I learned something today: Out of Memory errors are not actually caused by being out of memory! What a silly I am for expecting error messages to make sense.
So, for everyone preparing to set your RAM on fire, stomp on it and throw it out the window before burying it in a deep dark hole and pouring concrete on top: don’t bother! You RAM is fine. Assuming you haven’t already set it on fire. If you have, your RAM is not fine. And you might want to put that out.
No if you’re out of RAM you’ll get performance issues caused by ‘thrashing’ (when a computer starts relying on the Hard Drive instead of RAM), but you won’t get Out Of Memory exceptions. So, what causes OoM exceptions?
32-bit Windows causes OoM exceptions.
Screw 32-bit Windows.
See, when Microsoft says “you are out of memory”, they actually mean “you are out of consecutive address space”.
You now have several options (it’s like a game!):
– For a “proper” explanation, go read the article I read that taught me all this: http://blogs.msdn.com/b/ericlippert/archive/2009/06/08/out-of-memory-does-not-refer-to-physical-memory.aspx
– For an “improper” explanation, go ahead and use your imagination (I’m sure it’s way more kinky than anything I can come up with).
– For an “incredibly-simplified and probably-wrong” explanation, continue reading…
When an object like a Creature or a Tree is assigned, it gets put in memory and Windows assigns it an address. And by ‘put in memory’, I don’t mean RAM. Forget RAM. RAM is a glorified performance optimisation. The memory we’re talking about here is your hard drive. And as you’re probably aware, your hard drive is huge. You’re not in any danger of running out of that unless you’ve packed the drive to it’s very limit.
Okay, so you’re not in danger of running out of Hard Drive space, and lack of RAM doesn’t cause exceptions, just performance issues. So the next place to look is at that address the object was assigned by Windows when it was put in memory.
This address is where windows get’s it’s 32/64 bit designation. The absurd oversimplification I’m about to make will likely make any computer-science types reading this swallow their hats, but it’s basically a number stating that object X can be found Y bits into the memory stream.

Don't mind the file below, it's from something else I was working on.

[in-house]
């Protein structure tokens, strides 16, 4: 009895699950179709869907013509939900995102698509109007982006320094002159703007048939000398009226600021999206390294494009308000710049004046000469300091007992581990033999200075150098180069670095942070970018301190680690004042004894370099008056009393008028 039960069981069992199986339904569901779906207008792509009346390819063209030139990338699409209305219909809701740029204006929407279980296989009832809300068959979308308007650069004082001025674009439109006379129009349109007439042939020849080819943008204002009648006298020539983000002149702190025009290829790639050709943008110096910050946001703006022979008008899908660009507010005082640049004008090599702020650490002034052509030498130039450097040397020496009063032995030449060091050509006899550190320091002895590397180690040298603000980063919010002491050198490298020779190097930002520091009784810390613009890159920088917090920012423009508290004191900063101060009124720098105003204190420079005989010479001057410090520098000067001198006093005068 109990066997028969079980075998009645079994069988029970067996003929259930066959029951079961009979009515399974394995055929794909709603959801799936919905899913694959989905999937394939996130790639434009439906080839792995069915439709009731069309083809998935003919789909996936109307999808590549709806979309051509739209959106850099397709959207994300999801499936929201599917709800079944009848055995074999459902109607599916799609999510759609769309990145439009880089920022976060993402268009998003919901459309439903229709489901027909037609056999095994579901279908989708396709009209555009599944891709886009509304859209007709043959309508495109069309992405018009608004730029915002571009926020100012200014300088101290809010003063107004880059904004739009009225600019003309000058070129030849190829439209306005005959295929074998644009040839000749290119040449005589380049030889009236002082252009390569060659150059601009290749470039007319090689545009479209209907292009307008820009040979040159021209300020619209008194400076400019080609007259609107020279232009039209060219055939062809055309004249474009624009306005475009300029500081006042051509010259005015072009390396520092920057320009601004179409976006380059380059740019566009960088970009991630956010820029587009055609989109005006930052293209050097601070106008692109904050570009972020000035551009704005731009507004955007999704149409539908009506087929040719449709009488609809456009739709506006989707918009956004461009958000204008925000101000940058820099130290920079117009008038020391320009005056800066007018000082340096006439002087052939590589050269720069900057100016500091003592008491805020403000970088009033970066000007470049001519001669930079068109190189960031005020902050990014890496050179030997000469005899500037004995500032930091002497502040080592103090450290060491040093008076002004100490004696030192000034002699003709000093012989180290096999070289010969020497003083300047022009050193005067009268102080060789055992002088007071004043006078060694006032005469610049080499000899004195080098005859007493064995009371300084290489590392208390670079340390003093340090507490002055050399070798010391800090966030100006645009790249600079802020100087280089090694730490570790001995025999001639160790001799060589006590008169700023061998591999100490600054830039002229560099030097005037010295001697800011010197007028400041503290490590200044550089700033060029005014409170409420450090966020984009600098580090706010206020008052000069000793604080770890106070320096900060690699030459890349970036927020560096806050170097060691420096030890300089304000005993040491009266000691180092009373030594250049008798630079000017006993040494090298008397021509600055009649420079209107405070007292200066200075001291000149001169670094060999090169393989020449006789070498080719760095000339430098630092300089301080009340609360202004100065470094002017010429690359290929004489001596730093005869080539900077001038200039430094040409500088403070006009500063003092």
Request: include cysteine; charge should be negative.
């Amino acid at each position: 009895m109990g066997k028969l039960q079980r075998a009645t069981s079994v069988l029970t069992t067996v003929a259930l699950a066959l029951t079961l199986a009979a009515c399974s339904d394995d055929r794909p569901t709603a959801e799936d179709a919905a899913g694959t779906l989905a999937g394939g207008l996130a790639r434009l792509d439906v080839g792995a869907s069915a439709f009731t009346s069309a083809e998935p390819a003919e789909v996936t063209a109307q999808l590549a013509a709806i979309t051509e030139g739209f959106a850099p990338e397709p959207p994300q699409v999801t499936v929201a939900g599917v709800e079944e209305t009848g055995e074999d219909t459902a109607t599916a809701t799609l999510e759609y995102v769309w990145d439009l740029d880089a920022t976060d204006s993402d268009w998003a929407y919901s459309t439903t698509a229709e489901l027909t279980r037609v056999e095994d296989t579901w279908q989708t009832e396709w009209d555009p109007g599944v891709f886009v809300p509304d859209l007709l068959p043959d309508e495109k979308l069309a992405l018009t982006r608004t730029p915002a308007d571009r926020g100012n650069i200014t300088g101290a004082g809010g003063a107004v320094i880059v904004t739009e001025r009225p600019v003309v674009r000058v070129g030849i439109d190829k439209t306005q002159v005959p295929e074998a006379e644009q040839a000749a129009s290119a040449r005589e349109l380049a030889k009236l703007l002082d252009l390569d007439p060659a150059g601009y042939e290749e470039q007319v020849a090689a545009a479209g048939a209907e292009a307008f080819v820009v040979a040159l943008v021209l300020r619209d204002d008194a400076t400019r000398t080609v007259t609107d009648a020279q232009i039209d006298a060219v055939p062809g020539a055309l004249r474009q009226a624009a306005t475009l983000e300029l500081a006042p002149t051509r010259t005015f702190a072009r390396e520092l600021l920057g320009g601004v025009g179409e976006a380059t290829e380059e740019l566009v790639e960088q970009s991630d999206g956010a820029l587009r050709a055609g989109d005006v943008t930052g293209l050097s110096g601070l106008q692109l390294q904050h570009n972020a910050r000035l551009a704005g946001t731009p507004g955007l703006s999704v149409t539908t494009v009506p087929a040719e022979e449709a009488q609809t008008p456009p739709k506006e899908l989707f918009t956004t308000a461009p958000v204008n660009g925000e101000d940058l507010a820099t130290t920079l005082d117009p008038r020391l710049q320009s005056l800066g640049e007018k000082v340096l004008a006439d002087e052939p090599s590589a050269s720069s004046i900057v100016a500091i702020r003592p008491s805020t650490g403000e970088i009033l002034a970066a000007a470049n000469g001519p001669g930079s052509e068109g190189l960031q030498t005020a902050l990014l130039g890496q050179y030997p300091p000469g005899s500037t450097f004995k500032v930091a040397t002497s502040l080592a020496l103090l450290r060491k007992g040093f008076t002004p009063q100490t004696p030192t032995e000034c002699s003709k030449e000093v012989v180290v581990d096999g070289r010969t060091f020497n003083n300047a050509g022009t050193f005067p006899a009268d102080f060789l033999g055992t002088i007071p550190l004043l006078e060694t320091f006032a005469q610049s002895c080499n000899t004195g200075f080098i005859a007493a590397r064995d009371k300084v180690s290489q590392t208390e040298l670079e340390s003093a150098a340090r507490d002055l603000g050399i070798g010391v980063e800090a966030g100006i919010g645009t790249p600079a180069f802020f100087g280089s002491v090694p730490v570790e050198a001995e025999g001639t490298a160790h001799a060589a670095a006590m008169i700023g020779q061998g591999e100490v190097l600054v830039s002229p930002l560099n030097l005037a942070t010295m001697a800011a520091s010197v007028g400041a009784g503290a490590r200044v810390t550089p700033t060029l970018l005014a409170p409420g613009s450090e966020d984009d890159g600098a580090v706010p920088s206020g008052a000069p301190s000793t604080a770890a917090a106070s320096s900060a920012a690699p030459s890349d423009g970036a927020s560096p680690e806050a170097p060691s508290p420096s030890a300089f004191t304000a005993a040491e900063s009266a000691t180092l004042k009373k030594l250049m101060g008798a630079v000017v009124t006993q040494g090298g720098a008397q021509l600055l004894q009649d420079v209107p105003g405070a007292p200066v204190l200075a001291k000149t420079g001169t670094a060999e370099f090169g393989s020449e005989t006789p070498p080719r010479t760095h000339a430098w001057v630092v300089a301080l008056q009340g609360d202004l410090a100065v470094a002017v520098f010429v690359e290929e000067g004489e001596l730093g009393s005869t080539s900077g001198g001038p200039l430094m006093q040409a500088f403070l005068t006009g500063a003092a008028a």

The cause of Out Of Memory exceptions is that “Y-bits into the memory stream”. See, even though the process has the entire hard drive to work with, a 32-bit address format can only store addresses up to ~4GB (and half of that is reserved by the operating system for other things). This is why 32-bit editions of Windows can’t make use of more than 2GB ram: the 32-bit format doesn’t have enough address space to map more than 2GB.
Okay, but surely that’s basically the same as a 2GB memory limit for the purposes of Out Of Memory exceptions?
Nope. See, to assign and map a new object, there needs to be an empty “hole” in address space for it to go into. If there isn’t a hole large enough, an Out Of Memory exception will be thrown. (finally!)
I’ll explain via metaphor. Imagine putting three baskets into your car, then filling in the area in between them with smaller items. Then you realise that you need a large esky instead, so you take out the baskets and try to put the esky in. Even though the three baskets combined took up more space than the esky, and even though they’ve been removed, the esky still won’t fit because the smaller infill items are blocking it.
That’s the problem with address space: if you fragment it with smaller items in between the big ones, the next time you need to allocate something big it’ll throw an Out Of Memory exception, even if you freed up the big ones and have plenty of cumulative space to use. *That* is what is causing the memory issues in Species.
I’m sure a decent Computer Science course would have covered all this but I’m self taught, so I get to learn by the slightly more direct route of sticking my hand in the fire and finding out what happens.
So, on to the usual question: how do we fix this?